EU MDR Changes: Are You Selling a Medical Device, and What Class Is It?

If you make, import, or distribute products that end up on the European Union market, and if your products may be categorised as medical, you need to be very clear about that.
As we discussed recently, the companies involved in manufacturing and getting medical devices to the EU market face very specific responsibilities due to the EU MDR changes that have taken effect in mid-2021.

Let’s look at what EU Medical Device Regulation 2017/745 considers a ‘medical’ product.


1. First, what is the intended purpose of your product?

As written in the MDR: 

‘Intended purpose’ means the use for which a device is intended according to the data supplied by the manufacturer on the label, in the instructions for use or in promotional or sales materials or statements and as specified by the manufacturer in the clinical evaluation

What does this mean in simple terms?

Basically, you need to respond to these questions:

  • What problem do you intend to address? What disease, for example? And what are the contraindications?
  • How (at a high level) will your device be used, in your plans? Is it invasive? Is it single use? Should it be sterile? How to clean/disinfect it? How long should it be used? Any requirement about the place where it is to be used?
  • Are the steps and general instructions to use it clearly described? 
  • What is the intended patient population (age, sex…)? For example, on adults and children older than 15.
  • Who will use the product? The patient him/herself? Another person? Can it be a “lay person” (who has no specific training or competence in that subject matter)?
  • What is the intended performance of the device, in measurable terms?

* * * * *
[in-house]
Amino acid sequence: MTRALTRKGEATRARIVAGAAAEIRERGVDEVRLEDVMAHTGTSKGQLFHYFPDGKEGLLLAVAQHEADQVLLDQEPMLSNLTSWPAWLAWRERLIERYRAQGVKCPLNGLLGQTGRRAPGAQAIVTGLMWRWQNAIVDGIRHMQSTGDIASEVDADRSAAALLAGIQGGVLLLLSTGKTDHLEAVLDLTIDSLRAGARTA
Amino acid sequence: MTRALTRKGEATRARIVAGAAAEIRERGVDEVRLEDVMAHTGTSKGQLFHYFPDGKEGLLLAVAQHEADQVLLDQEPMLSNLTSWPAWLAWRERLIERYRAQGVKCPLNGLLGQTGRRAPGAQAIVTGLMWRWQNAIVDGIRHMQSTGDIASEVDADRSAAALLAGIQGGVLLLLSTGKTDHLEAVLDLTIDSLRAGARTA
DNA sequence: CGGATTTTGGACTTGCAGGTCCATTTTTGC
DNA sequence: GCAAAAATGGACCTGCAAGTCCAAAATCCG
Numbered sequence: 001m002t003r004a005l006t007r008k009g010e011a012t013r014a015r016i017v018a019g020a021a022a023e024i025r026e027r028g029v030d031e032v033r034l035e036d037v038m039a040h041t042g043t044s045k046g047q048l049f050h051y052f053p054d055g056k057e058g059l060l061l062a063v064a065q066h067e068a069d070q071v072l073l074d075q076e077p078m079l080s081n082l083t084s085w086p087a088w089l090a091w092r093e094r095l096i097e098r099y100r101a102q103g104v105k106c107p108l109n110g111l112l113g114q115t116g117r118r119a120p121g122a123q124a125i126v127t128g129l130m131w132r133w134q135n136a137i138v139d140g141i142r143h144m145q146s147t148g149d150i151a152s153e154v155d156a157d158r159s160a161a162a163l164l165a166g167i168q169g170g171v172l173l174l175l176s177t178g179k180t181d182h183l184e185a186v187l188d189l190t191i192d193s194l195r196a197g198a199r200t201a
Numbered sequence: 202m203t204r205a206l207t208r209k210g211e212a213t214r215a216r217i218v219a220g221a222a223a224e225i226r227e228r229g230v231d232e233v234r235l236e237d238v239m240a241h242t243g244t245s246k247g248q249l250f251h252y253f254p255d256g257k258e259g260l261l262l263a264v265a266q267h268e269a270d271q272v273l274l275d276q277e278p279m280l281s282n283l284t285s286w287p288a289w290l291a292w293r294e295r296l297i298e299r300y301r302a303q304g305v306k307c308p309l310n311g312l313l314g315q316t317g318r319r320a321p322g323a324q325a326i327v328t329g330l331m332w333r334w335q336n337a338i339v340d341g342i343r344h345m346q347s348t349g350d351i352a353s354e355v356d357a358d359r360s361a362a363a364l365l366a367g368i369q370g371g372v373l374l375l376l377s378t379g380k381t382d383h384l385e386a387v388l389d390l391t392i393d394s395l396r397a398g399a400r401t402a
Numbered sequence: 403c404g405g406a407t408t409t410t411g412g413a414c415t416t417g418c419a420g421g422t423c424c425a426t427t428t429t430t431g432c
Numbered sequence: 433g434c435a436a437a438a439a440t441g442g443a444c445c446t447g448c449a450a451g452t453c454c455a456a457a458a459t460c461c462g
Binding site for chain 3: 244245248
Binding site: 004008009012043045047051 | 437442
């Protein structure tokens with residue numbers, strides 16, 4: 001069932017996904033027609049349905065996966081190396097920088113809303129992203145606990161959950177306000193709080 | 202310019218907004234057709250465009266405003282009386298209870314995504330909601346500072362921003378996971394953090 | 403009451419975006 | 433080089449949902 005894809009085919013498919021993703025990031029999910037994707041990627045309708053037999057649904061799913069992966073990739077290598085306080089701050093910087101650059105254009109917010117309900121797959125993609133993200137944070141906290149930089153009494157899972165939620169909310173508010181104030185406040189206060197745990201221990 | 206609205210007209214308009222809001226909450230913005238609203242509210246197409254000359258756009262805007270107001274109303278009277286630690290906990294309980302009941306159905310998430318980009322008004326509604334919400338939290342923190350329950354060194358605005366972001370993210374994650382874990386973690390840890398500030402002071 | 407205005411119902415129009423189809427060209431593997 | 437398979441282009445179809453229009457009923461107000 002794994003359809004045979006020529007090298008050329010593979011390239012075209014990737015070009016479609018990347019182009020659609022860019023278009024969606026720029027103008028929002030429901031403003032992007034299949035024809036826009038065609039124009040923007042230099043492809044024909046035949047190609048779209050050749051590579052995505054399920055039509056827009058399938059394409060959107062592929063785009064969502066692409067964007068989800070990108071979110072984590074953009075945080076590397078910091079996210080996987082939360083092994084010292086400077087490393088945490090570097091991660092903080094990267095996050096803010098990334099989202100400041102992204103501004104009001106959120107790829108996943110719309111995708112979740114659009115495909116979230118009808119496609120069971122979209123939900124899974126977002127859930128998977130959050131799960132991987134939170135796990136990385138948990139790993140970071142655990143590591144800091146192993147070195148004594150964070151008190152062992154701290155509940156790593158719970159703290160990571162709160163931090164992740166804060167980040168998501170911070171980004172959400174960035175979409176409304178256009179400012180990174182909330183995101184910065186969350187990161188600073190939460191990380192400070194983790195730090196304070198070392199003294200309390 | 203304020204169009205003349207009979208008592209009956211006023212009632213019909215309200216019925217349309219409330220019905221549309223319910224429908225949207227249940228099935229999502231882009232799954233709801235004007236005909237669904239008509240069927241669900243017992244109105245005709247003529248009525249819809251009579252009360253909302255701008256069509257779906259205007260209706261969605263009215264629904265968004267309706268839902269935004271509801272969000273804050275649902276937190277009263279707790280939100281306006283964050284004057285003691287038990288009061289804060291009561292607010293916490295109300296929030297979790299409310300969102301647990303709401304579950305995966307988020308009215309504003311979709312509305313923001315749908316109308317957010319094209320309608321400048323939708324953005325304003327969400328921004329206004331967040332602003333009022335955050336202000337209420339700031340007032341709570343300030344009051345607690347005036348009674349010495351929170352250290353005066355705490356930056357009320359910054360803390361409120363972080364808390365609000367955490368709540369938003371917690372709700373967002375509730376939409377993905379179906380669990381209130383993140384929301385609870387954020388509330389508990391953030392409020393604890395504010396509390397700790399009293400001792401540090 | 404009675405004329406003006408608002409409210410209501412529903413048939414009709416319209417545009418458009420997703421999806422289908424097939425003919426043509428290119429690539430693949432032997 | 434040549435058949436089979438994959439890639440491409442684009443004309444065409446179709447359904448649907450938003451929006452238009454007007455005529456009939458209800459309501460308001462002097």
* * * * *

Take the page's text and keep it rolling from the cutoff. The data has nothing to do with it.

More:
• What are the claims of the product? What benefits do you communicate? This is related to the brochure on the Instruction For Use (IFE).

Once all this is clear, it will help you respond to the next question: does your product fall under the definition of “medical”?


2. What is the definition of a ‘medical device’ in the EU?

Article 2 of the MDR gives us an important definition that is rather broad:

‘Medical device’ means any instrument, apparatus, appliance, software, implant, reagent, material or other article intended by the manufacturer to be used, alone or in combination, for human beings for one or more of the following specific medical purposes: 

— diagnosis, prevention, monitoring, prediction, prognosis, treatment or alleviation of disease, 

— diagnosis, monitoring, treatment, alleviation of, or compensation for, an injury or disability, 

— investigation, replacement or modification of the anatomy or of a physiological or pathological process or state, 

— providing information by means of in vitro examination of specimens derived from the human body, including organ, blood and tissue donations, 

and which does not achieve its principal intended action by pharmacological, immunological or metabolic means, in or on the human body, but which may be assisted in its function by such means. 

The following products shall also be deemed to be medical devices: 

— devices for the control or support of conception; 

— products specifically intended for the cleaning, disinfection or sterilisation of devices as referred to in Article 1(4) and of those referred to in the first paragraph of this point. 

From there, hopefully, you can respond to the question “is our device considered medical?”:

  • Maybe it can be used in a medical setting, but your instructions make it clear that it is to be used only in a non-medical setting – for example, you import a scalpel in the EU and it is clearly labeled “only for users in a laboratory for cutting non-live tissue”;
  • Maybe it is pharmaceutical, not medical;
  • Maybe it is clearly medical.

Do you see how defining your intended purpose first made this easier?